On the heels of Olivia Newton-John’s successful 1978 film debut in “Grease,” along came Ms. Newton-John in the movie “Xanadu.” She was every post-pubescent boy’s pretend girlfriend, and was seen as box office gold dust. Alas, the movie was a critical failure. However, the soundtrack was an international hit, spawning such singles as the title track, “Magic,” and “Suddenly.” It is the music (and nostalgia) that keeps the film alive, to the point that it has achieved a measure of cult hit status. It is to that audience community theater companies market the stage version. In fact, two South Sound theaters have opened Douglas Carter Beane’s “Xanadu” over the course of two months. This weekend, Bainbridge Performing Arts opened the show to enthusiastic audiences. There is something about a San Fernando Valley dialect and love on the beach that takes us all back…
One must admire actors willing to take on an iconic role. Whoever tackles Eliza Doolittle knows they will be, fairly or unfairly, compared to Audrey Hepburn. The same for Maria, cast in a community theater production of “The Sound of Music.” While Olivia Newton-John’s performance in the movie version of Xanadu doesn’t rank as one for the ages, it is a known role. In BPA’s Xanadu, the lovely Justine Stillwell interprets the Newton-John role of Kira/Clio. Except for one time, toward the end, when her skates got away from her just a bit, Ms. Stillwell was very good! As long as the singing range was alto to second soprano she sings beautifully. The unforgiving high notes were a challenge, but she soldiered on and was one of the best parts of the show. This was a return to the BPA stage for Justine Stillwell. One hopes she returns again soon.
The role of Sonny Malone is a deceptively difficult one to play. To portray Sonny, an actor must have some Spicoli/Fast Times at Ridgemont High in his arsenal without devolving into total parody. Nate McVicker, in his BPA debut, is up to the job. He isn’t a great singer, but he has the panache to air it out as if he is. That’s important in this role. He is, though, a magnificent dancer! He and Ms. Stillwell have some stage steam between them, and they work well as a team.
Matty McCaslin has had quite a year on the Bainbridge Performing Arts stage. He helped kick the season off when he camped it up as Bernadette in “Priscilla, Queen of the Desert.” If Danny (and Zeus) is his final performance for the season he will have done good work for the BPA cause. Of the two, he was better as Danny. The land developer never got over his time with Clio, and the angst is palpable. Mr. McCaslin’s Danny is good work.
Two smaller roles deserve mention. Barbi-Jo Smith has a comedy touch and it works very well as Calliope, playing against Jessica Robins’ Melpomene. Ms. Smith’s expressive face carries the humor into the back of the room and a good number of the laughs during the show were for her work.
Young Max Vannocken-Witmer laces up his tap shoes and performs a masterful soft-shoe in a flashback scene. This young man is quite a dancer for his few years on the planet and will go as far as he wants to go in the field of movement.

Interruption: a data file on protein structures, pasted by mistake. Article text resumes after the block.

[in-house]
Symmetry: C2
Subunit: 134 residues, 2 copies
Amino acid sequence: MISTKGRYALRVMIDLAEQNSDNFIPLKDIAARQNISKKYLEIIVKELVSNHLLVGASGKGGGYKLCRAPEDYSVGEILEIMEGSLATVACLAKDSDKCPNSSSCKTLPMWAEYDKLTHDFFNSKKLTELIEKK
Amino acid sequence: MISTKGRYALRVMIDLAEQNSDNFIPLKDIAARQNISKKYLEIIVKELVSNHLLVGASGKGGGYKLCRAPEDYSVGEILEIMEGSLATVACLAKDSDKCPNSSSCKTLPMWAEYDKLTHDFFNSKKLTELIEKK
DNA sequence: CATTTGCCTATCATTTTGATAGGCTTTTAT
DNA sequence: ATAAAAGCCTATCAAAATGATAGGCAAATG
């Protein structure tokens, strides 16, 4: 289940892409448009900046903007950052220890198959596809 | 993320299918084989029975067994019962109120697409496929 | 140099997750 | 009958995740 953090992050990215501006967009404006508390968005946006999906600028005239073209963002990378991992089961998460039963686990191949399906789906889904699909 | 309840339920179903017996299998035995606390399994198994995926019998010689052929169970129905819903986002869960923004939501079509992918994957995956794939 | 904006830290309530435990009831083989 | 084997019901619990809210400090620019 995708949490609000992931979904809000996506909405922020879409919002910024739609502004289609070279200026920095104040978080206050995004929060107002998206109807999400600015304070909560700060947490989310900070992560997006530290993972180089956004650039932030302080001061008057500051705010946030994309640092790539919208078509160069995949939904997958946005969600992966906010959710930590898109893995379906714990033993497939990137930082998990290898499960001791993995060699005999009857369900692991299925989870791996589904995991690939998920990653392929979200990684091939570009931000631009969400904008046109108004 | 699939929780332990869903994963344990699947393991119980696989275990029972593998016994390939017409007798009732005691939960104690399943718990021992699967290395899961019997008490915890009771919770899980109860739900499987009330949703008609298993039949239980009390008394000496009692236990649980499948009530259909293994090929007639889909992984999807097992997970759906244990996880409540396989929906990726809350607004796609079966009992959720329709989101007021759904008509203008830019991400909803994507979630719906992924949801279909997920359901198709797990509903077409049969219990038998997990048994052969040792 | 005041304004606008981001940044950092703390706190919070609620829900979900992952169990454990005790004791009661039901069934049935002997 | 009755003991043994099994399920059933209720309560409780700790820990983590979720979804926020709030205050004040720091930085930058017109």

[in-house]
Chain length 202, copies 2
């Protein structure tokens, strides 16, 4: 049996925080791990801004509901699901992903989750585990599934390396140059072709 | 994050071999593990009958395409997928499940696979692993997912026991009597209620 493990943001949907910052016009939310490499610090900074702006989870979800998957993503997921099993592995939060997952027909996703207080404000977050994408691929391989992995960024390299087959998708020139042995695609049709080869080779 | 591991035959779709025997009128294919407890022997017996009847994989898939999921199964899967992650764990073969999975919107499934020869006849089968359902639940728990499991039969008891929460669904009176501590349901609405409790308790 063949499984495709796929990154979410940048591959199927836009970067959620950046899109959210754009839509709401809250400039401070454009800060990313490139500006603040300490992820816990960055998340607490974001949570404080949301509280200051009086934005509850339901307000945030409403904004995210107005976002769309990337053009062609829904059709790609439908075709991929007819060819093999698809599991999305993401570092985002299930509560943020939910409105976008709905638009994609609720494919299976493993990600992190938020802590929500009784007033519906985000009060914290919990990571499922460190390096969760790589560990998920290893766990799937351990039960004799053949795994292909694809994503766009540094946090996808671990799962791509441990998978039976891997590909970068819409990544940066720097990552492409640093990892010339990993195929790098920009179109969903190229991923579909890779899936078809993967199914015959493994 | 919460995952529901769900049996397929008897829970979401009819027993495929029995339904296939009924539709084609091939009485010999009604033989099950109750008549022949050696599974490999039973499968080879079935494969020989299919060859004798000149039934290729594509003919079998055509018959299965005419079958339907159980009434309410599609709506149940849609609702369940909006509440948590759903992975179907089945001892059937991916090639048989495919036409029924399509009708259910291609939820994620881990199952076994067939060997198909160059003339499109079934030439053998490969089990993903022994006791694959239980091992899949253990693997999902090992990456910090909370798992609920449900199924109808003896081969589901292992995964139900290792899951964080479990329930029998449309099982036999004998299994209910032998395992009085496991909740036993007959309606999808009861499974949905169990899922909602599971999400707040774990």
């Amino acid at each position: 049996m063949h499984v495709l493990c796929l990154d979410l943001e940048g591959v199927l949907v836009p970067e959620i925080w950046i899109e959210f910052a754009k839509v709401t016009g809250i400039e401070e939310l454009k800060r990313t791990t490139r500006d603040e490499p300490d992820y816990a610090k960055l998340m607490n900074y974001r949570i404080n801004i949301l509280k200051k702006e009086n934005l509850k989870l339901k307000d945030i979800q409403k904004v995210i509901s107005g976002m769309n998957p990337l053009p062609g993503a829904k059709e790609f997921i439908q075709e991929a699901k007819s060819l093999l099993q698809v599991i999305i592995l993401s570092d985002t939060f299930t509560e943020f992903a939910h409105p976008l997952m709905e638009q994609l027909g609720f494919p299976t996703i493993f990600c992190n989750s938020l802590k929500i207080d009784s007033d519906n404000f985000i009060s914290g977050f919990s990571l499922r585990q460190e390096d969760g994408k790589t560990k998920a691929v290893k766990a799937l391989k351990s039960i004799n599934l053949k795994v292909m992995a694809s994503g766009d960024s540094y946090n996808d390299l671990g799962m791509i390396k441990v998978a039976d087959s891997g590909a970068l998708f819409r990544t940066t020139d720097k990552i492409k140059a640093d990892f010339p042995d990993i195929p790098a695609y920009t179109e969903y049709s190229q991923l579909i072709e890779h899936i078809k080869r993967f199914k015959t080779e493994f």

Veteran theater-goers always smile when a show has a live band backing it up. If the music is as good as Elizabeth’s Light Orchestra is in this show, so much the better. The troika of Will Sanders, Jon Brenner, and Arthur Whitson sounded like a group twice as large and their contribution was notable.
Director Joanna Hardie had a good group with which to work on stage, but the supporting artistic team is a reason why this show is a success. Choreographer Heather Dawson’s task of making movement sense of a cast on skates was a daunting one indeed. Costume designer Janessa Styck portrayed 1980 as if it was last Tuesday. Finally, lighting designer Tess Malone did her usual sterling job lighting the show. All should be commended by the showrunner.
Is there anything that could be improved? Well, the whole Australian accent thing left some audience members scratching their heads. If Justine Stillwell can’t do an Aussie accent the gag should be dropped. Instead, Director Hardie and Ms. Stillwell choose to paint it with broad strokes and make a bad accent a part of the deal. The dialect should go one way or the other.
For some reason, spring shows at Bainbridge Performing Arts suffer from low attendance. It was the case with the delightful “Drowsy Chaperone” a couple of years ago, and the crowd this past Saturday evening wasn’t great. That’s a shame because the cast of “Xanadu” deserves big crowds to go along with their big hair. It’s a good night with the theater that never fails to put on a good night at the theater. What is better than that…man! I mean, totally!
Xanadu,” by Douglas Carter Beane. Bainbridge Performing Arts, 200 Madson Ave. N, Bainbridge Island, 98110. Fri-Sat. 7:30, Sun. 3 pm through May 20. Tickets bainbridgeperformingarts.org/collections/bpa-presents. Info: bainbridgeperformingarts.org, or 206.842.8569.